In his third media appearance this month, Ayman al Zawahiri urges jihadist unity in the realm of the media.
After a lengthy media absence, al Qaeda emir Ayman al Zawahiri has appeared in three separate releases this month.
In the first, Zawahiri swore allegiance to Mullah Akhtar Mohammad Mansour, the Taliban’s new emir. Mansour, in turn, promptly accepted the pledge. In the second, Zawahiri introduced Osama bin Laden’s son, Hamzah, to the world as a “lion” of al Qaeda. Hamzah went on to deliver a lengthy address, praising al Qaeda’s regional branches and discussing other matters. The first two messages featured the same still image of Zawahiri set against different backgrounds. The al Qaeda leader’s talks were delivered via audio files, with no video of him speaking.
But Zawahiri’s third appearance is different. In a 35-minute video, which was disseminated via Twitter on August 15, Zawahiri discusses his time spent with Osama bin Laden. The video is the seventh part in Zawahiri’s “Days with the Imam” series, which began in November 2011. And bin Laden’s former deputy uses the video to preach jihadist unity, especially in the realm of the media.
Much of Zawahiri’s story focuses on al Qaeda’s escape from the Tora Bora Mountains in December 2001. He heralds bin Laden’s “wisdom,” explaining that al Qaeda’s first leader foiled the designs of the “traitors” and “hypocrites” who sought to do him in. But the Battle of Tora Bora serves a higher purpose in Zawahiri’s telling, as it is supposedly an example of how the jihadist media can counter the Western press.
Zawahiri says he escaped from the mountains before bin Laden did and heard the BBC report that all of the Arabs had been killed. This was one of the many “lies” the mujahideen’s enemies spread, Zawahiri claims, and it is the responsibility of the jihadist media to counter them.
Since the 9/11 attacks, he says, the jihadist media has “exposed the lies of the Americans and the lies” of NATO’s “Crusader” coalition. But while the jihadist media supposedly earned victories over America in the past, the situation has been reversed, with the American media “moving the battle to us.”
Of particular concern to bin Laden’s successor is the way in which the jihadist media has “become a tool for the destruction” of the jihadists’ cause. Here, Zawahiri is clearly referring to the rivalry between the Islamic State and al Qaeda, which has garnered more and more attention in the jihadists’ media sphere.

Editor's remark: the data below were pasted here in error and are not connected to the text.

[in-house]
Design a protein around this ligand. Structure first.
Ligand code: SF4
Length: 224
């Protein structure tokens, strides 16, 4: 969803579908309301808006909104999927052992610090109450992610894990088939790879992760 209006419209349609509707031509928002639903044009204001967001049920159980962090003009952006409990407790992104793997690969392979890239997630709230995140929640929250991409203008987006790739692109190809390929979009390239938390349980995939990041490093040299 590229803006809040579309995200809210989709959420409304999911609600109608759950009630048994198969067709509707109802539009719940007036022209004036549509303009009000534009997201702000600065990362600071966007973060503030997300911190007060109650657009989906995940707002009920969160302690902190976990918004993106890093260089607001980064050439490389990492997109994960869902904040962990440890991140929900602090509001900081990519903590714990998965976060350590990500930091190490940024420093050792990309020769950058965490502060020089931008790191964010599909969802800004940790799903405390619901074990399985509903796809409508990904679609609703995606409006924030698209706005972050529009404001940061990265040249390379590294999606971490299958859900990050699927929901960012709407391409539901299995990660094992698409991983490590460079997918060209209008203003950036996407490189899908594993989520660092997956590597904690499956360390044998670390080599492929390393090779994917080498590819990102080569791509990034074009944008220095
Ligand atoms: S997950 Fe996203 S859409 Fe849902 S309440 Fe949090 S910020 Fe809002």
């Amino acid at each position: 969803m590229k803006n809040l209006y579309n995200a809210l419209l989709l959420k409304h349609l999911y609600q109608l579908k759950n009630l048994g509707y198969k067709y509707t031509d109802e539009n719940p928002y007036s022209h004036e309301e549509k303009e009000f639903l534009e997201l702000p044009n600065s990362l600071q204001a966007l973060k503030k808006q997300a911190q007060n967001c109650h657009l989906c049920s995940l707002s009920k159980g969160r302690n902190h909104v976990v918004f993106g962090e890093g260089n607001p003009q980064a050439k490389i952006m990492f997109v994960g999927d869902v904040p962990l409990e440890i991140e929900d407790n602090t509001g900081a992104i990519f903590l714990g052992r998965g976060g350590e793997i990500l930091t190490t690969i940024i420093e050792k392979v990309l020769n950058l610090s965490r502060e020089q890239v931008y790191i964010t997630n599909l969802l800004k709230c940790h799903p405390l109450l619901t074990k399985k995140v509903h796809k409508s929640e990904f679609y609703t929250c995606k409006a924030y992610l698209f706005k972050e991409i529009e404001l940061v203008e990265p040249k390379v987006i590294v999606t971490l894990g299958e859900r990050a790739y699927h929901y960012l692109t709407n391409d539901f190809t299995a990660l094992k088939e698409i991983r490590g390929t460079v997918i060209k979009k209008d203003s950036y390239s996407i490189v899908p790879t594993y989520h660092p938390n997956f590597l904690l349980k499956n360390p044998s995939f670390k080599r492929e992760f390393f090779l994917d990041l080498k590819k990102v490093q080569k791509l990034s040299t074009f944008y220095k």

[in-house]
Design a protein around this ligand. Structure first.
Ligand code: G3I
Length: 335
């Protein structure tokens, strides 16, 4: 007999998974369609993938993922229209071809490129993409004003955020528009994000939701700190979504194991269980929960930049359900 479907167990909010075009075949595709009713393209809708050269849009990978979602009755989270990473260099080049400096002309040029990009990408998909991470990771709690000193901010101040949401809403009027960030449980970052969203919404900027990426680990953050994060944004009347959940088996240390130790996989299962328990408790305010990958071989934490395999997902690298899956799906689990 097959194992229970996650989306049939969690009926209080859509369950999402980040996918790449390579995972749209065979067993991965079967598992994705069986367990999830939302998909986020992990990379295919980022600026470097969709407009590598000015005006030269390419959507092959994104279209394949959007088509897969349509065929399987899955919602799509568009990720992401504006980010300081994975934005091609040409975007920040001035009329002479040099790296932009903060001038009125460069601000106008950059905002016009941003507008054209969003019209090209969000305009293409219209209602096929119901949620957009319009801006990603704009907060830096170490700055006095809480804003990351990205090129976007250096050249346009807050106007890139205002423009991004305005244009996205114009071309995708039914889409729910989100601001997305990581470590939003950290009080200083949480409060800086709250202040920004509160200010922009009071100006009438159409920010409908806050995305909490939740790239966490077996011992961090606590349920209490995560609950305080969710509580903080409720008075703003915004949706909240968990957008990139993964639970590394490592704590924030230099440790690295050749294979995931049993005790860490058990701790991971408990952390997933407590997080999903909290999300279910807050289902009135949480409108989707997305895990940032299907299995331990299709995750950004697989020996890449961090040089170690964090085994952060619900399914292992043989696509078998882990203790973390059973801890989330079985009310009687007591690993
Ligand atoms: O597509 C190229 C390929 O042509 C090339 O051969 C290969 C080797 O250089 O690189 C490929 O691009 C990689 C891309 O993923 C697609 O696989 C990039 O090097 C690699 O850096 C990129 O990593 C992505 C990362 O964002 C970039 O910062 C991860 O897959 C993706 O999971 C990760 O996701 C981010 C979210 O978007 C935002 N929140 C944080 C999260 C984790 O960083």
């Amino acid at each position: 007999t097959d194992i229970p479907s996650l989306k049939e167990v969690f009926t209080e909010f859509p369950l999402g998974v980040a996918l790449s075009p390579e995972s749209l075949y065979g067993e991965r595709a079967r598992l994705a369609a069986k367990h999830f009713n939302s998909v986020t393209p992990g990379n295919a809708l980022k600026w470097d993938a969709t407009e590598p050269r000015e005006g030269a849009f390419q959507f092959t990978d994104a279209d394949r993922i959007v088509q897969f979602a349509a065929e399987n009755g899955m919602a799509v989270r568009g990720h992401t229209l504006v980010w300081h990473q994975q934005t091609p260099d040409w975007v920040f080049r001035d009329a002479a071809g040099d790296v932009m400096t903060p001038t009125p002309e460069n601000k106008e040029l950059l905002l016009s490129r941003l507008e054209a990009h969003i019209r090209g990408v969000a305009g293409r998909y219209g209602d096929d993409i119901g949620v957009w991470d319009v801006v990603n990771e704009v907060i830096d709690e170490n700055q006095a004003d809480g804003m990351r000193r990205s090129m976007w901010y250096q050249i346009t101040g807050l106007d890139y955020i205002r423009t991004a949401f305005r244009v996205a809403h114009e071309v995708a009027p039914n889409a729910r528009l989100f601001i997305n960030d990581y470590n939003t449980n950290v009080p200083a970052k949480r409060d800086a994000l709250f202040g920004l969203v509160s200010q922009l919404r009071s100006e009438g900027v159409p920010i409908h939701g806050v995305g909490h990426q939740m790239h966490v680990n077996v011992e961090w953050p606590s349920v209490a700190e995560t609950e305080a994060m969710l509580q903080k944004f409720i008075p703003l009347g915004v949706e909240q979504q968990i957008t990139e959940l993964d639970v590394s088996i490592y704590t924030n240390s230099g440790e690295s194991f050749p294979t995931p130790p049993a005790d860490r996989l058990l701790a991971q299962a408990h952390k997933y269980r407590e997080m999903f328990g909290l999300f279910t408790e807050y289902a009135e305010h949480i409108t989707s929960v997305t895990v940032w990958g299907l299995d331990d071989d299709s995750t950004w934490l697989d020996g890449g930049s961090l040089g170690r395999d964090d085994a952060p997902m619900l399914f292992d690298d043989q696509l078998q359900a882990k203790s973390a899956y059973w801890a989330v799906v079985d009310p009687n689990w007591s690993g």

The “jihadist media” today is filled with “insults” and “curses,” Zawahiri laments, with everyone from the mujahideen’s leaders to the rank and file being “guilty” of spreading “abuses.” He calls on jihadist media operatives to abstain from disseminating material that further sows discord in their ranks.
There was a time, under Mullah Omar and bin Laden, when the jihadists were “all one rank,” Zawahiri says. They would march into battle “united,” but now a “war has begun between ourselves.”
In a message clearly aimed at the Islamic State’s men, Zawahiri says the jihadists should refrain from calling one another “nonbelievers” or saying that some belong to the “awakenings.” The latter is a reference to the Islamic State’s habit of lumping in their jihadist rivals with members of the US-backed awakenings in western Iraq, where tribal forces battled the Islamic State’s predecessor organization during the height of the Iraq War.
The content of the al Qaeda emir’s third message this month is drastically different from the Islamic State’s messaging. In late June, for example, Islamic State spokesman Abu Muhammad al Adnani called on all rival factions to “repent” for daring to fight Abu Bakr al Baghdadi’s “caliphate.” Adnani was especially disturbed by the setbacks suffered by Baghdadi’s fighters in Derna, Libya, where the Mujahideen Shura Council (MSC), a coalition of pro-al Qaeda forces, quickly routed the “caliphate’s” men from their strongholds. Adnani blasted the MSC’s members, saying they were part of the “awakenings.” Of course, Zawahiri objects to this very same term. However, the Islamic State’s propagandists continue to employ it and have even released dozens of posters targeting their rivals using this same theme.
Al Qaeda can “pardon any personal issues,” Zawahiri says, but anything that further tears apart the jihadists’ ranks should not be tolerated. The Islamic State’s leaders have charted a different course, using their media machine to exacerbate the infighting at every turn.
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